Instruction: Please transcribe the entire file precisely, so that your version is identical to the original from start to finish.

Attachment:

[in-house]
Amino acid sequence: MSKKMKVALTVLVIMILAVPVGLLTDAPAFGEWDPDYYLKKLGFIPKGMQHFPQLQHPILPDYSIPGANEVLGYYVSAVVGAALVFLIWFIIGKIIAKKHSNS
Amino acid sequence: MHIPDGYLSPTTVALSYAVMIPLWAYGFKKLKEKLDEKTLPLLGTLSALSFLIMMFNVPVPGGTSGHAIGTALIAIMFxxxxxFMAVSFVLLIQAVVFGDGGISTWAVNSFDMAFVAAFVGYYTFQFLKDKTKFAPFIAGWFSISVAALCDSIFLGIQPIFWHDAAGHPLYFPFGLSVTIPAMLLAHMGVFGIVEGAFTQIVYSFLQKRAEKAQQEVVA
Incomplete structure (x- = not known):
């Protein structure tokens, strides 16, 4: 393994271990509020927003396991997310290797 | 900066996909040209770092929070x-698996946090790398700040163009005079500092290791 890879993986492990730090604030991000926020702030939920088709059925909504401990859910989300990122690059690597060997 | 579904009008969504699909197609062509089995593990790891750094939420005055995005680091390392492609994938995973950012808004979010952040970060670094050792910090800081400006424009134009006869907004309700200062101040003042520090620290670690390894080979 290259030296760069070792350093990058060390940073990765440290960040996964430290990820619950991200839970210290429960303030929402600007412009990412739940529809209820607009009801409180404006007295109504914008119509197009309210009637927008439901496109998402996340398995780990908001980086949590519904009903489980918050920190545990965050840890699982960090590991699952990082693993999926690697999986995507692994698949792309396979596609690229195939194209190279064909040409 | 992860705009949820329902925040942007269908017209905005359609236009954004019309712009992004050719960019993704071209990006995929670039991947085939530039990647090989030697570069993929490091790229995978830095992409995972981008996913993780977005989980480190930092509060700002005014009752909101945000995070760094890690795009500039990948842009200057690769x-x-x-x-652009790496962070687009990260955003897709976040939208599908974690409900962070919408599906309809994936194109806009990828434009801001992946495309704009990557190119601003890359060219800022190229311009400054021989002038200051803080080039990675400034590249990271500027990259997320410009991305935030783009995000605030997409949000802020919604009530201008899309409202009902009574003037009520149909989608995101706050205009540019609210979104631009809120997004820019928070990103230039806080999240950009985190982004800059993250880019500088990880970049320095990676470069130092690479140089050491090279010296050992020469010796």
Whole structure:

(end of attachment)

[in-house]
Amino acid sequence: MSKKMKVALTVLVIMILAVPVGLLTDAPAFGEWDPDYYLKKLGFIPKGMQHFPQLQHPILPDYSIPGANEVLGYYVSAVVGAALVFLIWFIIGKIIAKKHSNS
Amino acid sequence: MHIPDGYLSPTTVALSYAVMIPLWAYGFKKLKEKLDEKTLPLLGTLSALSFLIMMFNVPVPGGTSGHAIGTALIAIMFxxxxxFMAVSFVLLIQAVVFGDGGISTWAVNSFDMAFVAAFVGYYTFQFLKDKTKFAPFIAGWFSISVAALCDSIFLGIQPIFWHDAAGHPLYFPFGLSVTIPAMLLAHMGVFGIVEGAFTQIVYSFLQKRAEKAQQEVVA
Incomplete structure (x- = not known):
């Protein structure tokens, strides 16, 4: 393994271990509020927003396991997310290797 | 900066996909040209770092929070x-698996946090790398700040163009005079500092290791 890879993986492990730090604030991000926020702030939920088709059925909504401990859910989300990122690059690597060997 | 579904009008969504699909197609062509089995593990790891750094939420005055995005680091390392492609994938995973950012808004979010952040970060670094050792910090800081400006424009134009006869907004309700200062101040003042520090620290670690390894080979 290259030296760069070792350093990058060390940073990765440290960040996964430290990820619950991200839970210290429960303030929402600007412009990412739940529809209820607009009801409180404006007295109504914008119509197009309210009637927008439901496109998402996340398995780990908001980086949590519904009903489980918050920190545990965050840890699982960090590991699952990082693993999926690697999986995507692994698949792309396979596609690229195939194209190279064909040409 | 992860705009949820329902925040942007269908017209905005359609236009954004019309712009992004050719960019993704071209990006995929670039991947085939530039990647090989030697570069993929490091790229995978830095992409995972981008996913993780977005989980480190930092509060700002005014009752909101945000995070760094890690795009500039990948842009200057690769x-x-x-x-652009790496962070687009990260955003897709976040939208599908974690409900962070919408599906309809994936194109806009990828434009801001992946495309704009990557190119601003890359060219800022190229311009400054021989002038200051803080080039990675400034590249990271500027990259997320410009991305935030783009995000605030997409949000802020919604009530201008899309409202009902009574003037009520149909989608995101706050205009540019609210979104631009809120997004820019928070990103230039806080999240950009985190982004800059993250880019500088990880970049320095990676470069130092690479140089050491090279010296050992020469010796």
Whole structure: